DebanjanB DebanjanB -3 years ago 115
Python Question

Selenium3.4.0-Python3.6.1 : In Selenium-Python binding using unittest how do I decide when to use self.assertIn or assert

I am working with Selenium 3.4.0 with Python 3.6.1. I have written a script following the Python documentation through

unittest
module which is a built-in Python based on Java’s
JUnit
using geckodriver 0.16.1 and Mozilla Firefox 57.0 on Windows 8 Pro machine, 64 bit OS, x-64 processor. In my test method
test_search_in_python_org()
I have the following lines which works well:

def test_search_in_python_org(self):
driver = self.driver
driver.get("http://www.python.org")
self.assertIn("Python", driver.title)
elem = driver.find_element_by_name("q")
elem.send_keys("pycon")
elem.send_keys(Keys.RETURN)
assert "No results found." not in driver.page_source


When I am asserting the "page title" I am using:
self.assertIn("Python", driver.title)


But, when I am asserting a string (my assumption), within the page source I am using:
assert "No results found." not in driver.page_source


My question is what are the factors/conditions which decides whether I should use
self.assertIn
or simply
assert
?

Any suggestions or pointers will be helpful.

Answer Source

Looking at the Python unittest documentation and also recalling from the bunch of Django unittests that I once had to do here, are my findings.

USE CASE:

First thing that is the most simple thing and in my opinion the biggest difference between the two, is the cases where you can use each command. They are both interchangeably usable in the case of a test class, however, in order to use the assertIn command, you need to import the unittest library. So, say I want to know if h is in hello. A simple way to do it through the assertIn command is:

class MyTestCase(unittest.TestCase):
    def is_h_in_hello(self):
        self.assertIn("h", "hello")

and then I need to run tests, that is through unittest.main() in this example, in order to get my answer. But using the assert command, it is much easier to see if h is in hello. Which is very simply done like so:

assert "h" in "hello"

But essentially, both will give me the same answer. However, what distinguishes the two methods is the simplicity of use in the second method.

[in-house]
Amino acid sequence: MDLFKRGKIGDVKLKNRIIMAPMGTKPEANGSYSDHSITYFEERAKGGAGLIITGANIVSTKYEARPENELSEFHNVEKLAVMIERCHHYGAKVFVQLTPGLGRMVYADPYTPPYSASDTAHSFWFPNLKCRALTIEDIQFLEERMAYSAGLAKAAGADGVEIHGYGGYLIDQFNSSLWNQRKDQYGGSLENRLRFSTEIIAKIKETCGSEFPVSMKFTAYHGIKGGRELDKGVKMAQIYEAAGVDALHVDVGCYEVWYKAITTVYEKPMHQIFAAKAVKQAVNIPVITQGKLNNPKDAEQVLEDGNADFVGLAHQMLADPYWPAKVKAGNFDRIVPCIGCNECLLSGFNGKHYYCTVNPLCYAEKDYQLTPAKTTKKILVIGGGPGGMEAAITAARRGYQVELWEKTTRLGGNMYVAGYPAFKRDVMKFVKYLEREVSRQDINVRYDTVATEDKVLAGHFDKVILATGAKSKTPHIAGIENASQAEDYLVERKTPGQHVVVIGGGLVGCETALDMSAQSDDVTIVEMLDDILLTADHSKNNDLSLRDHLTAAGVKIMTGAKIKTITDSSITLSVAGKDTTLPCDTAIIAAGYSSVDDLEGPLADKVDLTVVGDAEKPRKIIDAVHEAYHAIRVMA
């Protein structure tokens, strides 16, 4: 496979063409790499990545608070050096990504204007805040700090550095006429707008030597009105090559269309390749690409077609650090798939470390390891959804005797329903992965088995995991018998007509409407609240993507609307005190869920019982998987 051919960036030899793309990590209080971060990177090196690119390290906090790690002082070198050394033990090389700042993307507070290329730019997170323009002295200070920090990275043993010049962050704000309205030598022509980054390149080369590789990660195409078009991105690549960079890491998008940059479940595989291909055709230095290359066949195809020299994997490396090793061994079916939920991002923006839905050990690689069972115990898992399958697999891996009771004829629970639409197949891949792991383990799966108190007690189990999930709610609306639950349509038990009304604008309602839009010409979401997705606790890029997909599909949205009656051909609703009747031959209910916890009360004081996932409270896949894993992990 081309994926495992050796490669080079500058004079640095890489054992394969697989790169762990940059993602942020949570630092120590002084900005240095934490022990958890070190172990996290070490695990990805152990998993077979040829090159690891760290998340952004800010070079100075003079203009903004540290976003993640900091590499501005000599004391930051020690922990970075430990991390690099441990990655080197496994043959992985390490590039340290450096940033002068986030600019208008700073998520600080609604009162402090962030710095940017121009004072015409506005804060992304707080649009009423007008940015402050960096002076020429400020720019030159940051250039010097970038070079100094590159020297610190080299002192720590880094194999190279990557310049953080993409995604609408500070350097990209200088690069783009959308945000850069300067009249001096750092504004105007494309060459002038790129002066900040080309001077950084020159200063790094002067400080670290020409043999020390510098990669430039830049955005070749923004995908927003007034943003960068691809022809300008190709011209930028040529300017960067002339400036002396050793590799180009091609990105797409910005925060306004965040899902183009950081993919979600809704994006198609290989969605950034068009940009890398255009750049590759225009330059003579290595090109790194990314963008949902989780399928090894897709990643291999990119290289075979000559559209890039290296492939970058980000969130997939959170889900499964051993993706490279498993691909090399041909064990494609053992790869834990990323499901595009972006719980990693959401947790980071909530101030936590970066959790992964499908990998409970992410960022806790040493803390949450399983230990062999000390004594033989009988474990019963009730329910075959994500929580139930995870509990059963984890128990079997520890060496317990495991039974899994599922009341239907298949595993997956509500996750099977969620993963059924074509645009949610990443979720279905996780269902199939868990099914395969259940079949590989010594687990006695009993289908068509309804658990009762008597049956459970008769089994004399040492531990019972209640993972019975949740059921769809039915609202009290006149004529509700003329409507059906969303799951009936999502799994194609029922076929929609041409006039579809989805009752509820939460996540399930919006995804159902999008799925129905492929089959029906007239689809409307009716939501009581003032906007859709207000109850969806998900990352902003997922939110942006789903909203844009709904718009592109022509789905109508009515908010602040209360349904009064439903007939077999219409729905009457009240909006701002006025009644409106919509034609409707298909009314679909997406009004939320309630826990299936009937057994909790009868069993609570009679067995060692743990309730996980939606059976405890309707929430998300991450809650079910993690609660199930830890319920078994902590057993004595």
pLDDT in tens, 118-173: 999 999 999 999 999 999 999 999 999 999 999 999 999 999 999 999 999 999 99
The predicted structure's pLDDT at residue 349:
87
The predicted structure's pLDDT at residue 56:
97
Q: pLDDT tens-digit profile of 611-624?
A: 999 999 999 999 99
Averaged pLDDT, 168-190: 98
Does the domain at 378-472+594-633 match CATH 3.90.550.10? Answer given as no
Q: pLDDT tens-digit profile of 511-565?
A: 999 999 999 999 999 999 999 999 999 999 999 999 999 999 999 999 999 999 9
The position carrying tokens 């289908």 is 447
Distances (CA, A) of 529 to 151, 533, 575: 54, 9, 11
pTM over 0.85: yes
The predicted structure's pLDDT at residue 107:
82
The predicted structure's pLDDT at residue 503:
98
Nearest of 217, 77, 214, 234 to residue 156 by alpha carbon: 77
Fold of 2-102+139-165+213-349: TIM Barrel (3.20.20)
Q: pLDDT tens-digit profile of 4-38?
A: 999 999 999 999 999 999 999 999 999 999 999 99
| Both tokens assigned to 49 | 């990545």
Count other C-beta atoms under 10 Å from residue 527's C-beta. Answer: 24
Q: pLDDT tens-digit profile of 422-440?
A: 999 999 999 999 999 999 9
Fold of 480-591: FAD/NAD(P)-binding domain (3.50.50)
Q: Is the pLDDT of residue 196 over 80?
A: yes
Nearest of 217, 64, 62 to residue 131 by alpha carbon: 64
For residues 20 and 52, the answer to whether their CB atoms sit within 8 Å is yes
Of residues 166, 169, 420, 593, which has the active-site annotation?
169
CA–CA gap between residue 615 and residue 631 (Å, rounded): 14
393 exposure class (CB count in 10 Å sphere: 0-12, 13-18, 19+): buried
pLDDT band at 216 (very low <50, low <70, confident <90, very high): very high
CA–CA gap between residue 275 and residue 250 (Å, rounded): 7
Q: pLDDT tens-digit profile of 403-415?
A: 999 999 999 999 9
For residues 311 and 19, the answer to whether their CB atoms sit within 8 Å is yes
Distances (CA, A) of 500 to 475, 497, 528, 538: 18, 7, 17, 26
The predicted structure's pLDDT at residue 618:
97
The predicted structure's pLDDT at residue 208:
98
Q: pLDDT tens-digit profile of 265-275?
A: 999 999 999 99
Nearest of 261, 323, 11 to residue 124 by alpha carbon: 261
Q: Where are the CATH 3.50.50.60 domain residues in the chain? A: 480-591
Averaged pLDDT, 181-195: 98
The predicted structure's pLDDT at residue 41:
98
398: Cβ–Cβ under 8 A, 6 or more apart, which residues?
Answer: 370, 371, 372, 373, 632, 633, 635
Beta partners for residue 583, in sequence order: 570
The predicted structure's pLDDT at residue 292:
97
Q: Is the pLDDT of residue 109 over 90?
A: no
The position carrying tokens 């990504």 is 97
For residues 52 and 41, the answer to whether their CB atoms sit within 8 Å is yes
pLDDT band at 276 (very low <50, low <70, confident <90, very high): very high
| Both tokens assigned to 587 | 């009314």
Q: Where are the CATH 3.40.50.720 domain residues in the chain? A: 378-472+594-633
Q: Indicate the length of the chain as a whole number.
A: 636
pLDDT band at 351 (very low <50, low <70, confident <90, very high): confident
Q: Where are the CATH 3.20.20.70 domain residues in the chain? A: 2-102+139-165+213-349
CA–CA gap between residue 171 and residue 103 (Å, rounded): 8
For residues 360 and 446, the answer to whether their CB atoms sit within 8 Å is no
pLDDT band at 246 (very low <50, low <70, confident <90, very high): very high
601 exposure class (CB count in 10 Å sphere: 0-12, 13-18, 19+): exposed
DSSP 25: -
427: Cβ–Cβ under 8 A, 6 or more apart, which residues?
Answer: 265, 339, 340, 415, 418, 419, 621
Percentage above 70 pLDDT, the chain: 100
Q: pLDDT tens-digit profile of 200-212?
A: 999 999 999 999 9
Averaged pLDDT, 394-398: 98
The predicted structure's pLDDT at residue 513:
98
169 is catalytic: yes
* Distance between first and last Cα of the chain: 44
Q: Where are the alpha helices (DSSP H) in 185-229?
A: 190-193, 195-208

RESULTS:

The second difference I found was the readability of the results on Python Shell. The unittest library is designed so that the commands are very specific. So if a test fails, you will receive a very clear message saying what went wrong. Say now you want to see if b is in hello. Doing it through the class method (simply changing "h" to "b"), the message we get after running the test is:

AssertionError: 'b' not found in 'hello'

----------------------------------------------------------------------
Ran 1 test in 0.038s

FAILED (failures=1)

So it very clearly tells you: 'b' not found in 'hello', which makes it very convenient to see what exactly is the problem. But say you do the same process through the assert command. The error message generated is something like:

Traceback (most recent call last):
  File "<pyshell#2>", line 1, in <module>
    assert "b" in "hello"
AssertionError

Although it tells you the error type (AssertionError), and the traceback, it does not specifically tell you that "b" is NOT in "hello". In this simple case, it is very easy to look at the traceback and say oh, there's no b in hello! However in more complicated cases, it might be tricky to see why this error message was generated.

Overall, the two methods are very similar and will get you the result you want, but essentially it comes down to the little differences here and there, having less lines of code and how straight-forward the Shell messages are.

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